According to the results from the Annual World Survey, which involved research from 40 leading accounting firms, movement in revenue among the Big Four firms, Deloitte, PwC, Ernst & Young and KPMG have taken a turn for the better. Deloitte pushed forward and surpassed PwC for the first time with $9 million, thus separating the two firms. Also, included in the findings were trends in recruitment, which remained stable last year but is expected to grow in 2011.
‘This year’s survey shows definite improvement, with only four networks failing to grow revenue, which is a complete turnaround in fortunes from last year. Revenue growth for networks increased 2 per cent,’ says Arvind Hickman, editor of the UK-based magazine.
In another study titled, 2010 Big Four Firms Financial Performance Analysis, conducted by Big4.com, a social networking forum indicates a positive turnaround for the top accounting firms as a result of overall global economic improvement. After five consecutive years of double-digit revenue growth a drastic decline was recorded in 2009 but a sudden reversal in growth was seen last year.
‘After a difficult 2009, 2010 fiscal year saw small increases in revenues for Deloitte, Ernst &Young, KPMG and PWC,’ says David Hunter vice president of the networking forum. ‘Revenues increased between negative 0.9 and positive 2.6 per cent from 2009, as firms were aided by a general global recovery.’
Hunter adds that with a spur in enhanced equity markets, improved credit conditions, together with better M&A and IPO activity lead to an increase in client demand especially for advisory services and in Asia.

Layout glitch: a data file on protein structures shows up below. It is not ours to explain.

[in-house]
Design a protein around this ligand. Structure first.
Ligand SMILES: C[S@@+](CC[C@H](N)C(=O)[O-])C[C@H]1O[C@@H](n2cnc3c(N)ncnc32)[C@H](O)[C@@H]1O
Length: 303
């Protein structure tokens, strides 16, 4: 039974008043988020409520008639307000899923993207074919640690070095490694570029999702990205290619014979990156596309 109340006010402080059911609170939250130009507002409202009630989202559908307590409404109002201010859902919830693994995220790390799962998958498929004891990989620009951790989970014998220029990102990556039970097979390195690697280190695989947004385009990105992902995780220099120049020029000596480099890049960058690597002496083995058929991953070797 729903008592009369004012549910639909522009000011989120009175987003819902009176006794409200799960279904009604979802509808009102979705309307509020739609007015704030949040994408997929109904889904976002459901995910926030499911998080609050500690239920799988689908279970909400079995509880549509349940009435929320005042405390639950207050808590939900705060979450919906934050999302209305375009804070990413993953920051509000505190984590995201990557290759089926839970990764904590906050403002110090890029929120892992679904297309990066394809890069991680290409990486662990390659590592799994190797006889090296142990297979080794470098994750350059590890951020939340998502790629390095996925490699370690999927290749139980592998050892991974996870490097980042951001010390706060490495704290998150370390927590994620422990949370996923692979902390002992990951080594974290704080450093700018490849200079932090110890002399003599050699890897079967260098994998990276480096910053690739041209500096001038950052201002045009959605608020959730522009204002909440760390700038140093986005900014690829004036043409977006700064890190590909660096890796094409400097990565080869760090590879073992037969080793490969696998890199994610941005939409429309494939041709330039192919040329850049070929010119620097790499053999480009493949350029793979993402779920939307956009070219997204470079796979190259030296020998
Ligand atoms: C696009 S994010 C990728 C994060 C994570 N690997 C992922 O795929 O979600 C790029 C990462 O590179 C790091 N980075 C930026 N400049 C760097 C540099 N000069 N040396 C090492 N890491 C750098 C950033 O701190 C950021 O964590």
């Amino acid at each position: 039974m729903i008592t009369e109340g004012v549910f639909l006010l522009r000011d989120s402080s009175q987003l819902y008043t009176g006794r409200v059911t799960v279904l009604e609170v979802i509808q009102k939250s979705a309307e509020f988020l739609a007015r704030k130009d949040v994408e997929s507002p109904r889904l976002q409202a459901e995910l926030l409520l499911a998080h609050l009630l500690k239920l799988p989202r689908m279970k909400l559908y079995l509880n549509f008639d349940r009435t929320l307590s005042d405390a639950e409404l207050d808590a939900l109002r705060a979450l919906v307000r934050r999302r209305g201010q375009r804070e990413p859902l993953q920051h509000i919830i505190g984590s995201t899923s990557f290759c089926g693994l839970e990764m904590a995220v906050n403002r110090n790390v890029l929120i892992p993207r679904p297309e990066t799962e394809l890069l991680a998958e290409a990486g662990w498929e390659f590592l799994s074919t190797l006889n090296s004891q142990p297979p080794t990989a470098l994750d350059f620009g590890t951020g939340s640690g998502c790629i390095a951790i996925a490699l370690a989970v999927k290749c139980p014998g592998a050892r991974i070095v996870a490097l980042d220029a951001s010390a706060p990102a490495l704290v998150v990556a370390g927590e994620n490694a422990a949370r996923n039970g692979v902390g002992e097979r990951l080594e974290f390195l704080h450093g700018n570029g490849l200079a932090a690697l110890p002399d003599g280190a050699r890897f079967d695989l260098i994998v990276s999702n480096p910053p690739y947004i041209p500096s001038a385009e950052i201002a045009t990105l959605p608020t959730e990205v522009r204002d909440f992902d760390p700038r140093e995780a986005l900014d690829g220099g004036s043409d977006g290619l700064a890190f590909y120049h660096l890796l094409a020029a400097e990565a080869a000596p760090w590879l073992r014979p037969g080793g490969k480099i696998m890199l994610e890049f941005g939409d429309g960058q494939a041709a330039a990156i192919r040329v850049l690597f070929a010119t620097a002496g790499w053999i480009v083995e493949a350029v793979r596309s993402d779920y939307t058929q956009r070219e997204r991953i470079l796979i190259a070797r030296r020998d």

The study further highlighted that in 2010, Deloitte generated revenues of $26.578 billion and growth of 1.8 per cent, just shy of PwC’s revenues of $26.569 billion and an increase of 1.5 per cent. Deloitte sprung ahead of PwC by a small but significant margin of $9 million. Running behind these two firms, Ernst & Young was placed third with 2010 revenues of $21.440 billion, however its revenues shrank 0.9 per cent from 2009. And the last is KPMG, which remained the smallest firm with revenues of $20.630 billion, but had the highest growth at 2.6 per cent.
Both analyses highlights that the strongest growth regions are China (20 per cent), India (14 per cent) and Brazil (11 per cent) with evidence of high investment in these areas. Moreover, it was observed that US, Russia and Australia were seen to have challenging trading conditions, which were a result of widespread inconsistency in revenue.
‘Revenues were generally flat in most developed regions, while growth bounced back to strong levels in emerging markets of Asia and Latin America,’ Hunter says.
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